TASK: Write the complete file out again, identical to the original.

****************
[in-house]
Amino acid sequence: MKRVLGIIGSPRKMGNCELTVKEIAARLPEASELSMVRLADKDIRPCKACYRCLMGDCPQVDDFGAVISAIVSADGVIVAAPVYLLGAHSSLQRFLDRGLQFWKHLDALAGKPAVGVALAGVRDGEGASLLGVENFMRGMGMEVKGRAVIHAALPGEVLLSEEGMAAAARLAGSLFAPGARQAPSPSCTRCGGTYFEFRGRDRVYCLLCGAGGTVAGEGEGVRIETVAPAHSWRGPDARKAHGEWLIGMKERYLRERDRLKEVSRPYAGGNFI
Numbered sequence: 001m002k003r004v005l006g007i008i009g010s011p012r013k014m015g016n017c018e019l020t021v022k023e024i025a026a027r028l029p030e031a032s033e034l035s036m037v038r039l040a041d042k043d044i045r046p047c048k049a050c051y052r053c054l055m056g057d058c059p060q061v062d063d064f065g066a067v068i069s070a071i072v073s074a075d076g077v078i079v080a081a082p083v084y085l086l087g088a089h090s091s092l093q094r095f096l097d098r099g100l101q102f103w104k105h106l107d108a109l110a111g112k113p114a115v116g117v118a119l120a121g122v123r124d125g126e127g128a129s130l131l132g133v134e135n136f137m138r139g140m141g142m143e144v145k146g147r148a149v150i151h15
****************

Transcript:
[in-house]
Amino acid sequence: MKRVLGIIGSPRKMGNCELTVKEIAARLPEASELSMVRLADKDIRPCKACYRCLMGDCPQVDDFGAVISAIVSADGVIVAAPVYLLGAHSSLQRFLDRGLQFWKHLDALAGKPAVGVALAGVRDGEGASLLGVENFMRGMGMEVKGRAVIHAALPGEVLLSEEGMAAAARLAGSLFAPGARQAPSPSCTRCGGTYFEFRGRDRVYCLLCGAGGTVAGEGEGVRIETVAPAHSWRGPDARKAHGEWLIGMKERYLRERDRLKEVSRPYAGGNFI
Numbered sequence: 001m002k003r004v005l006g007i008i009g010s011p012r013k014m015g016n017c018e019l020t021v022k023e024i025a026a027r028l029p030e031a032s033e034l035s036m037v038r039l040a041d042k043d044i045r046p047c048k049a050c051y052r053c054l055m056g057d058c059p060q061v062d063d064f065g066a067v068i069s070a071i072v073s074a075d076g077v078i079v080a081a082p083v084y085l086l087g088a089h090s091s092l093q094r095f096l097d098r099g100l101q102f103w104k105h106l107d108a109l110a111g112k113p114a115v116g117v118a119l120a121g122v123r124d125g126e127g128a129s130l131l132g133v134e135n136f137m138r139g140m141g142m143e144v145k146g147r148a149v150i151h15